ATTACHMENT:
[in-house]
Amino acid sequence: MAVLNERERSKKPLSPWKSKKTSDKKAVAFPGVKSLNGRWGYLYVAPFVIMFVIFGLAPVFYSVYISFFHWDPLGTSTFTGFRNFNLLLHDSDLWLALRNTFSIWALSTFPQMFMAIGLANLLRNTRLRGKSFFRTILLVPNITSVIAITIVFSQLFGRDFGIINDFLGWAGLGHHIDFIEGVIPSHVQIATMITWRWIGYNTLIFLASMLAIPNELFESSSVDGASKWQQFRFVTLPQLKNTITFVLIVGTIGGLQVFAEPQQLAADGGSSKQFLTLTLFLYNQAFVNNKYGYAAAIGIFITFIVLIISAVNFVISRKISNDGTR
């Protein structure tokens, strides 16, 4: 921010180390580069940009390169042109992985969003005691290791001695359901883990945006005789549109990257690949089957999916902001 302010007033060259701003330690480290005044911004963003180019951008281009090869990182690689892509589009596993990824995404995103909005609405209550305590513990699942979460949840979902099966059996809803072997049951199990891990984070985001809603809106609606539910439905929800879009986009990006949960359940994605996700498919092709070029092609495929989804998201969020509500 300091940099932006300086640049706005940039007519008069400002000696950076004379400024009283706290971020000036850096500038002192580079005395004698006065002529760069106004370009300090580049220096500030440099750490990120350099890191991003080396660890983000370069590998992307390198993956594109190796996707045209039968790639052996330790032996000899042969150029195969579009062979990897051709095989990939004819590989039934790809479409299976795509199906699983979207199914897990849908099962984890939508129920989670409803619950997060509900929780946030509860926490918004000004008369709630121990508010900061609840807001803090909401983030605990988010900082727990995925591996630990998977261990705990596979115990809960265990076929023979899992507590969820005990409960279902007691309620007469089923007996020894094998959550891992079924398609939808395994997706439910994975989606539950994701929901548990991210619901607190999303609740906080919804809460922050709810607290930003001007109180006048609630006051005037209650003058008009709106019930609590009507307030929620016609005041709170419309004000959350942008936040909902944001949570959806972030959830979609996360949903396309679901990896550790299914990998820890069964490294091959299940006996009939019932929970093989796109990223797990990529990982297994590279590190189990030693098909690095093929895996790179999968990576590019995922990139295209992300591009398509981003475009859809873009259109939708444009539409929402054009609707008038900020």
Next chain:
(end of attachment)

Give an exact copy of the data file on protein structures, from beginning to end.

[in-house]
Amino acid sequence: MAVLNERERSKKPLSPWKSKKTSDKKAVAFPGVKSLNGRWGYLYVAPFVIMFVIFGLAPVFYSVYISFFHWDPLGTSTFTGFRNFNLLLHDSDLWLALRNTFSIWALSTFPQMFMAIGLANLLRNTRLRGKSFFRTILLVPNITSVIAITIVFSQLFGRDFGIINDFLGWAGLGHHIDFIEGVIPSHVQIATMITWRWIGYNTLIFLASMLAIPNELFESSSVDGASKWQQFRFVTLPQLKNTITFVLIVGTIGGLQVFAEPQQLAADGGSSKQFLTLTLFLYNQAFVNNKYGYAAAIGIFITFIVLIISAVNFVISRKISNDGTR
């Protein structure tokens, strides 16, 4: 921010180390580069940009390169042109992985969003005691290791001695359901883990945006005789549109990257690949089957999916902001 302010007033060259701003330690480290005044911004963003180019951008281009090869990182690689892509589009596993990824995404995103909005609405209550305590513990699942979460949840979902099966059996809803072997049951199990891990984070985001809603809106609606539910439905929800879009986009990006949960359940994605996700498919092709070029092609495929989804998201969020509500 300091940099932006300086640049706005940039007519008069400002000696950076004379400024009283706290971020000036850096500038002192580079005395004698006065002529760069106004370009300090580049220096500030440099750490990120350099890191991003080396660890983000370069590998992307390198993956594109190796996707045209039968790639052996330790032996000899042969150029195969579009062979990897051709095989990939004819590989039934790809479409299976795509199906699983979207199914897990849908099962984890939508129920989670409803619950997060509900929780946030509860926490918004000004008369709630121990508010900061609840807001803090909401983030605990988010900082727990995925591996630990998977261990705990596979115990809960265990076929023979899992507590969820005990409960279902007691309620007469089923007996020894094998959550891992079924398609939808395994997706439910994975989606539950994701929901548990991210619901607190999303609740906080919804809460922050709810607290930003001007109180006048609630006051005037209650003058008009709106019930609590009507307030929620016609005041709170419309004000959350942008936040909902944001949570959806972030959830979609996360949903396309679901990896550790299914990998820890069964490294091959299940006996009939019932929970093989796109990223797990990529990982297994590279590190189990030693098909690095093929895996790179999968990576590019995922990139295209992300591009398509981003475009859809873009259109939708444009539409929402054009609707008038900020």
Next chain: